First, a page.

Thursday, August 2, 2012

Ethiopia diplomat jailed in UK for cannabis smuggling

'Worldly wise': Ethiopian embassy official Amelework Wondemagegne was jailed for 33 months today

Ethiopian embassy official at first said she did not know what was in three cases but thought it was meat and spices
Photos showed her with the bags and her necklace was found in one case
The 36-year-old has been sole carer of her two children since their father died of cancer in 2005
Judge said this made her actions even more 'extraordinary'
She was jailed for 33 months at a west London court
A diplomat tried to claim immunity after smuggling £160,000-worth of cannabis sprinkled with chilli powder into the UK.

Amelework Wondemagegne, an Ethiopian embassy official, was stopped at Heathrow Airport with three suitcases containing 56 kilograms (123lb) of cannabis.

The 36-year-old mother of two initially said a man had given her the bags before she left Addis Ababa airport in the Ethiopian capital, and that she had believed they contained meat and spices.

But Isleworth Crown Court in west London found Wondemagegne, who is based in Washington DC, was not entitled to immunity and she was jailed for 33 months after admitting one count of drug smuggling today.

Judge Richard McGregor-Johnson, Recorder of Kensington and Chelsea, told her: 'The fact that you smuggled these drugs in the expectation that you would not be prosecuted if you were caught because of your diplomatic status is a significant factor in this case.'
Wondemagegne, who had worked in the visa section of the embassy since 2006, travelled into the UK on April 7 using an Ethiopian diplomatic passport and had a ticket to return to the US on April 17.

When her suitcases were opened by UK Border Agency officers at Heathrow’s Terminal Three, they were found to be packed with slabs of cannabis, sprinkled with chilli powder.
'Pack of lies': The drugs were covered in chilli powder and Wondemagegne at first claimed she thought the suitcases contained meat and spices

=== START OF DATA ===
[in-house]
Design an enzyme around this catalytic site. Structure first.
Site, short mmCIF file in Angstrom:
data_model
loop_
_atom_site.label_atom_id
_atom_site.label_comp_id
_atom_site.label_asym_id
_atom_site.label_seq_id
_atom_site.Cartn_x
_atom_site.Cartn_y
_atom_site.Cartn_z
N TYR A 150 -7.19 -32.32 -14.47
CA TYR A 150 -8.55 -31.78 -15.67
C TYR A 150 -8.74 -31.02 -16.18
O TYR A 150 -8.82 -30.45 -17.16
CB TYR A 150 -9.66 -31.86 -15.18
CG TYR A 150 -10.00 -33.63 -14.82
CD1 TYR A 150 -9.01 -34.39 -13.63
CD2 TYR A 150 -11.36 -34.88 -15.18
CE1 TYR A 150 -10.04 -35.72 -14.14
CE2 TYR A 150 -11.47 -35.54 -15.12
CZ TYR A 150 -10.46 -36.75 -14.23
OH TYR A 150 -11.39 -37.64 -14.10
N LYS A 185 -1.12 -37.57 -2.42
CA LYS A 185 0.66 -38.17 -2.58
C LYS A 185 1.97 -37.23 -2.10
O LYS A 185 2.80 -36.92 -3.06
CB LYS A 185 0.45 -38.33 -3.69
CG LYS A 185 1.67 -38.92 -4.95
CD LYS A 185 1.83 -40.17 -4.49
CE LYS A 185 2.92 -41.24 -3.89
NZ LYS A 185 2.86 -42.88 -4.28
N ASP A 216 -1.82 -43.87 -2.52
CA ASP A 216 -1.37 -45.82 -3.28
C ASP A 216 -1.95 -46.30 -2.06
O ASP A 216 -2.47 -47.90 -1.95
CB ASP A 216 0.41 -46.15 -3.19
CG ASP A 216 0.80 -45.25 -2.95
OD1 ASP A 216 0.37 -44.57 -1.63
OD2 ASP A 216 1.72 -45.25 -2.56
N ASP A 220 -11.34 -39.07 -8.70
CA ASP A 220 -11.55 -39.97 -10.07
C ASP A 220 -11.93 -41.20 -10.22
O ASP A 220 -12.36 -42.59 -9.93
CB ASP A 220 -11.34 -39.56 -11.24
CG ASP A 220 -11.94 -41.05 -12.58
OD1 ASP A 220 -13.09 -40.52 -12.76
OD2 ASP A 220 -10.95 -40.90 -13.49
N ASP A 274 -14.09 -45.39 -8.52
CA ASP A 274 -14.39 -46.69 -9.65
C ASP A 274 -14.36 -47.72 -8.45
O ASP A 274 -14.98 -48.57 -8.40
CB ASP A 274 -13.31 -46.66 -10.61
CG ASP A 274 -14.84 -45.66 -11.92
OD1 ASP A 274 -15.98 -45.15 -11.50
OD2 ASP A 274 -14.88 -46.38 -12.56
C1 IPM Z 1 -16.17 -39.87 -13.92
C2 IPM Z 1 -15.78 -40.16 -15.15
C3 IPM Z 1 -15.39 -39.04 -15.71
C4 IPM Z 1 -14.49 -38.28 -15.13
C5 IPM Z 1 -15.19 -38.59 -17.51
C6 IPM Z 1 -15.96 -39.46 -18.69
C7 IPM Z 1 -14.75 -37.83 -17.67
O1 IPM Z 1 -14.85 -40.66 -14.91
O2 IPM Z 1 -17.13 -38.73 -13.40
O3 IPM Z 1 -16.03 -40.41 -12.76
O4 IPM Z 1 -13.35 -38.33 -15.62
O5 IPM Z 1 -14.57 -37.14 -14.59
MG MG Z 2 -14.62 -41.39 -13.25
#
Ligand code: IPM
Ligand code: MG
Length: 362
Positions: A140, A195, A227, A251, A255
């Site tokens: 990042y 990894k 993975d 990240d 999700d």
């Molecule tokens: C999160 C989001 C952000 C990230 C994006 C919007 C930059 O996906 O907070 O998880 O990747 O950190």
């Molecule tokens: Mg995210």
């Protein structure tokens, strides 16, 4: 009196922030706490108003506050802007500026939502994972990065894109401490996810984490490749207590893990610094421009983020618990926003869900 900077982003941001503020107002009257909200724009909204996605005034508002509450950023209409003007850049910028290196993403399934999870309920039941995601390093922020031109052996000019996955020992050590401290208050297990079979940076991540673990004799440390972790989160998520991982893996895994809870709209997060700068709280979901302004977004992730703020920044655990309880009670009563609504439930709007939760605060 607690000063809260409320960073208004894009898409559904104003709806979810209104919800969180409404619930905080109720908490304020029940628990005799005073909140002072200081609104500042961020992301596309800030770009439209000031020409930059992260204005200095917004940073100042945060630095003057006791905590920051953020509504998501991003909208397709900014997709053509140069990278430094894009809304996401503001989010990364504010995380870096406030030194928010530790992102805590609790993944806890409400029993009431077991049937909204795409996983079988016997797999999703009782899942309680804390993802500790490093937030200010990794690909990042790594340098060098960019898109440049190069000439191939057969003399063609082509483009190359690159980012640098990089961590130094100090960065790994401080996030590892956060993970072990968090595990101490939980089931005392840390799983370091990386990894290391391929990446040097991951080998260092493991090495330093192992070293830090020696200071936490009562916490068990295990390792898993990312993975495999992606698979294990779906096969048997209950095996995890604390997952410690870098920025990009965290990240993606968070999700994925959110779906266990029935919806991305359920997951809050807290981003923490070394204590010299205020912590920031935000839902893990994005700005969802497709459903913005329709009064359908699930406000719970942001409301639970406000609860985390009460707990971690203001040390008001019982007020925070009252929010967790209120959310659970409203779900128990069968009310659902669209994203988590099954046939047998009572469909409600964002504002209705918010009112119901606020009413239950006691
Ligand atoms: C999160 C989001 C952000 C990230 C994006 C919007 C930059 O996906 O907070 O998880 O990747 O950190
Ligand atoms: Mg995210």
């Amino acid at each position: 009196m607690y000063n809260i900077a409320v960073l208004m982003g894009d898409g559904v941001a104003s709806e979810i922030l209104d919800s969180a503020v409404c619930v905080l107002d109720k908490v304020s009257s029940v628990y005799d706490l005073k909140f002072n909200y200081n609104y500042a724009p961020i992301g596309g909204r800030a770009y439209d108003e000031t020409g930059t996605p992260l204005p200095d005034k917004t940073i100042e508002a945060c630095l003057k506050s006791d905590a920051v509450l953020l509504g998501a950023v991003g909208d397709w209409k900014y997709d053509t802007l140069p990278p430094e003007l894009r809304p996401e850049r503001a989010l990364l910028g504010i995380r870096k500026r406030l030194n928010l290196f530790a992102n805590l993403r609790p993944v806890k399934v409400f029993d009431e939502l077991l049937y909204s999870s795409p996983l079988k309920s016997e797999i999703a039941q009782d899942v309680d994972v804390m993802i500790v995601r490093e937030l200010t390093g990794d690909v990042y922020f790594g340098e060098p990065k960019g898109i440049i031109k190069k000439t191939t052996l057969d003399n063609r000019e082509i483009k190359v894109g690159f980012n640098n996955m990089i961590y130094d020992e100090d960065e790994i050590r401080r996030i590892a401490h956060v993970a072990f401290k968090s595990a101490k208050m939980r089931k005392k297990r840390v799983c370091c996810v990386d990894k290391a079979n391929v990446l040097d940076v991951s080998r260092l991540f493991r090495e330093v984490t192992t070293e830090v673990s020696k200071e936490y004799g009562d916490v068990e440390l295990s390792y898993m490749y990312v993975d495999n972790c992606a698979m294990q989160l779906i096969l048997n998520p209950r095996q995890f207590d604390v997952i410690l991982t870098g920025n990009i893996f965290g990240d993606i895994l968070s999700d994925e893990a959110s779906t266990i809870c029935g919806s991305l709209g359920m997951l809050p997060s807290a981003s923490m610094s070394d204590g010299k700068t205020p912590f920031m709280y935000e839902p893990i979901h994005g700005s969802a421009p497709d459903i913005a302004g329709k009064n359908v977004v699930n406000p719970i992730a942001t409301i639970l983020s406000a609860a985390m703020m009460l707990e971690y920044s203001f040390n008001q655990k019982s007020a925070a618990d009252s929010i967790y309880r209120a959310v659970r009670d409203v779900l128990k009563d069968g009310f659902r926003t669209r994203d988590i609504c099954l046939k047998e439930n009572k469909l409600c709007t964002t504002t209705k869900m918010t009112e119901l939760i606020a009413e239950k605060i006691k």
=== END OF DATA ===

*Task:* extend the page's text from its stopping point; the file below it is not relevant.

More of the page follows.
Although she claimed to be unsure what was in the cases, photographs taken on her camera showed her with the bags.
In one photo, she was wearing a necklace that was later found to be in a suitcase with the drugs.

Judge McGregor-Johnson said Wondemagegne had told 'a pack of lies' and that she was caught with a 'substantial quantity' of cannabis, in the second category of seriousness.

The judge described her as being 'worldly wise', adding: 'You knew perfectly well what you were doing and you knew perfectly well that drugs smuggling is illegally and seriously regarded.'

Slabs of cannabis: the drugs are believed to hold a street value of around £160,000
Wondemagegne’s two children, aged 10 and 17, live in Washington DC and are being cared for by Ethiopian embassy staff there.

She has been their sole carer since her husband died of cancer in 2005, a fact which Judge McGregor-Johnson said made it 'more extraordinary you should have committed this offence.'
He told the court he was satisfied she had not been coerced into being a drugs courier and that she had played a 'significant role' in the smuggling of the cannabis.

Wondemagegne, of Silver Spring in Maryland, will be deported from the UK after serving her sentence.

Peter Avery from the Border Force said: 'This was a significant amount of cannabis which could have ended up on the streets of the UK.

'It was the vigilance of Border Force officers which prevented this smuggling attempt from going ahead.

'Working with our law enforcement colleagues in the UK and around the world, we are determined to do all we can to stop the international drugs trade.'